One of the current scourges of surfing the Internet is that many websites send us requests to receive notifications. This could be positive in principle, often ends up becoming a small torture. Especially when instead of clicking on the icon dedicated to asking that we do not want to receive notifications, we do it in the opposite icon. That way we can end up receiving notifications from the most unlikely websites.
To solve this we can resort to Firefox browser, that sometimes we forget that it is developed by a non-profit foundation, Mozilla. So in principle it is not under the dictation of business interests, as happens with Chrome. A browser in which many of its functions have been defined so as not to alter Google's advertising interests on the Internet.
In the Android and iPhone versions of Firefox, notifications work differently than in computer versions
Although Chrome allows us to manage the websites that send us notifications, the truth is that we can only do that in a limited way and the option is quite hidden: Configuration, Advanced settings, Privacy and security, Content configuration and once there we access Notifications. The latest version of Firefox has a much more interesting option to avoid annoying notifications: the possibility of completely canceling requests for notifications.
To access this function as is evident, the first thing is to download Firefox if we do not have it installed from your website. It is currently available for Windows, Mac and Linux. Although it also exists for Android and iOS, but in mobile versions these options depend on the operating system. In iOS simply notifications of webs appear in any browser, while in Android we can manage them from the section notifications of the operating system. Although for this we must disable all browser notifications. So you can not do a screen.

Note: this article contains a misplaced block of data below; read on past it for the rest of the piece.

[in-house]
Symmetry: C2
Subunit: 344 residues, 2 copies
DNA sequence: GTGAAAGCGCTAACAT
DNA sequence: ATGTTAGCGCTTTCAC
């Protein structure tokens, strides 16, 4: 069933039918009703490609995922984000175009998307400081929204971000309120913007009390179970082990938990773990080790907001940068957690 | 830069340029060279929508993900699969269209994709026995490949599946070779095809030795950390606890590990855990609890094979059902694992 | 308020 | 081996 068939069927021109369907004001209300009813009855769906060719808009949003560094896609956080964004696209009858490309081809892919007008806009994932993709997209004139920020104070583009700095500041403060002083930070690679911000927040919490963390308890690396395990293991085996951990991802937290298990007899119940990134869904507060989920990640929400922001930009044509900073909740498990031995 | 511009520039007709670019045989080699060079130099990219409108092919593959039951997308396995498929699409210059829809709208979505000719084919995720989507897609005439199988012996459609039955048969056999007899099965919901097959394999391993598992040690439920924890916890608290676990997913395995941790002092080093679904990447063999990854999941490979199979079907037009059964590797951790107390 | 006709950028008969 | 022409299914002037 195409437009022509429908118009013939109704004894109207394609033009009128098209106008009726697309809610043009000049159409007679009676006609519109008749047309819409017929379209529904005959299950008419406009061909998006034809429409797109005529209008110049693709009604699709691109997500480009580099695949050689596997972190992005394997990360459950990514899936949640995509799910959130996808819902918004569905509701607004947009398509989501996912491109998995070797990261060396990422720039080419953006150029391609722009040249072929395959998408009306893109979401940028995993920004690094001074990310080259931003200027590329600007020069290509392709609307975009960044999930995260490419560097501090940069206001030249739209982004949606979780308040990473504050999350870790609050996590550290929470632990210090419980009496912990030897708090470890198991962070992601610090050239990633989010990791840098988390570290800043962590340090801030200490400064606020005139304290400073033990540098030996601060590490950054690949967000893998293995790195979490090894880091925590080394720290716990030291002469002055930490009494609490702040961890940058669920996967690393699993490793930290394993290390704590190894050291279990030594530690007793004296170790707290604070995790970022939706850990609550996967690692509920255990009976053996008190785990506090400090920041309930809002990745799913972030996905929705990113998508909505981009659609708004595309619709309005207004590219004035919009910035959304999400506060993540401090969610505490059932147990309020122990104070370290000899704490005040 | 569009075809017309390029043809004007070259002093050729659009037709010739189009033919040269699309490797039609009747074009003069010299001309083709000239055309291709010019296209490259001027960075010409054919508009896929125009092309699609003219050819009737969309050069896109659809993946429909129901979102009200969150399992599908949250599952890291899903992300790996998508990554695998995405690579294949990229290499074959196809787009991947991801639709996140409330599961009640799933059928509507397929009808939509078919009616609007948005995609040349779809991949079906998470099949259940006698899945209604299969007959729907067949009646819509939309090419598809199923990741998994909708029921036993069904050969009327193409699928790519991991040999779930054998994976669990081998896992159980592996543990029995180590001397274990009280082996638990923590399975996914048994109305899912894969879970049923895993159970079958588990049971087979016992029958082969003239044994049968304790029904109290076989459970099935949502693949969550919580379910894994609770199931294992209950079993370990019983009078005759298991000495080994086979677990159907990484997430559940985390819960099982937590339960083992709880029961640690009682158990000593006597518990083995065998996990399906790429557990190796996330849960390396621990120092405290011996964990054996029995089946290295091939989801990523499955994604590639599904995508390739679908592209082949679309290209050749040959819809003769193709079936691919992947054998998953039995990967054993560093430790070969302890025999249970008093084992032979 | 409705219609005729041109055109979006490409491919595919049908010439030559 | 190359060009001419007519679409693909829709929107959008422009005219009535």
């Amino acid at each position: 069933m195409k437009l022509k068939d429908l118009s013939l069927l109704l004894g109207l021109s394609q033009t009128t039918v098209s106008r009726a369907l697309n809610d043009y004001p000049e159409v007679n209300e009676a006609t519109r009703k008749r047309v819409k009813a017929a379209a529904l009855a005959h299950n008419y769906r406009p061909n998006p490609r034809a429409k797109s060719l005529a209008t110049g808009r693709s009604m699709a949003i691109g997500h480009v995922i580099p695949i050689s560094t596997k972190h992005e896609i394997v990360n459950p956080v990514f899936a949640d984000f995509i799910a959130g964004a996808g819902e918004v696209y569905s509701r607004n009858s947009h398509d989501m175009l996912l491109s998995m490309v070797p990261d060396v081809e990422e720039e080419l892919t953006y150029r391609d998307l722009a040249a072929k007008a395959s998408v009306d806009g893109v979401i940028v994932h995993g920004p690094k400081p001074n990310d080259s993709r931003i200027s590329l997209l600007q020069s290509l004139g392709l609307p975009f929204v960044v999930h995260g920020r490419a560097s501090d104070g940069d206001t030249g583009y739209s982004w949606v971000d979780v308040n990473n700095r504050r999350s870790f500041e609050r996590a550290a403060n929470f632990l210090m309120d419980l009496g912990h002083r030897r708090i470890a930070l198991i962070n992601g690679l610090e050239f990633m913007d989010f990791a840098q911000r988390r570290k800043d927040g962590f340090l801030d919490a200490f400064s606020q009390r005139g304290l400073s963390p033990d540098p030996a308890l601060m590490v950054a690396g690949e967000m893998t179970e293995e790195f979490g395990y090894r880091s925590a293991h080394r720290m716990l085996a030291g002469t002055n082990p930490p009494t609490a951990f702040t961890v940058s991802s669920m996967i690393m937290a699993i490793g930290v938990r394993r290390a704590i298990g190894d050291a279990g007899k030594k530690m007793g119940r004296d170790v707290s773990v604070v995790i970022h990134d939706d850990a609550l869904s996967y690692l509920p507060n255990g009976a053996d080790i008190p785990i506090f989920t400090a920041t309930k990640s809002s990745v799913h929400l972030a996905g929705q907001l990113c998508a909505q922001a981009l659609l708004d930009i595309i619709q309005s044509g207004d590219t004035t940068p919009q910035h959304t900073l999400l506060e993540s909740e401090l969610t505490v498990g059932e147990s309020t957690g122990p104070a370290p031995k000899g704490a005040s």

Once installed Firefox we must access the preferences menu, and from there we must enter the section Privacy and security. Among the many options that we find here there is one dedicated to Notifications, we must click on Settings. Nothing else to access a window is shown in which we can add websites from which we do not want to receive notifications, in addition to the list of the websites that send them to us. Just great.
Since you are taking a look at Firefox's privacy preferences, you will see that this section is quite powerful. The options to control our trail online are very varied. So it can be a very good idea to bet on the Mozilla browser and turn it into the default browser.
Also in Android phones and for iPhone the Firefox browser is quite interesting for privacy purposes. There is the standard version of Firefox, which includes the possibility that our advertising is not tracked, and one designed for those seeking a greater privacy: Firefox Focus. Whose main quality is that it deletes our browsing history when closing the application. Also in this default Android does not show the option to invite us to receive notifications.
If we choose to leave Chrome, or use it as a secondary browser, we must know that it is possible to import all the markers we have selected. For this we must follow the simple instructions that Mozilla shows on its website. It is also important to know that we can use, as with Chrome, a service that synchronizes our browsing data between the desktop version of the browser and mobile versions. It is Firefox Sync.
Mozilla has managed to make Firefox again a good candidate to become our main browser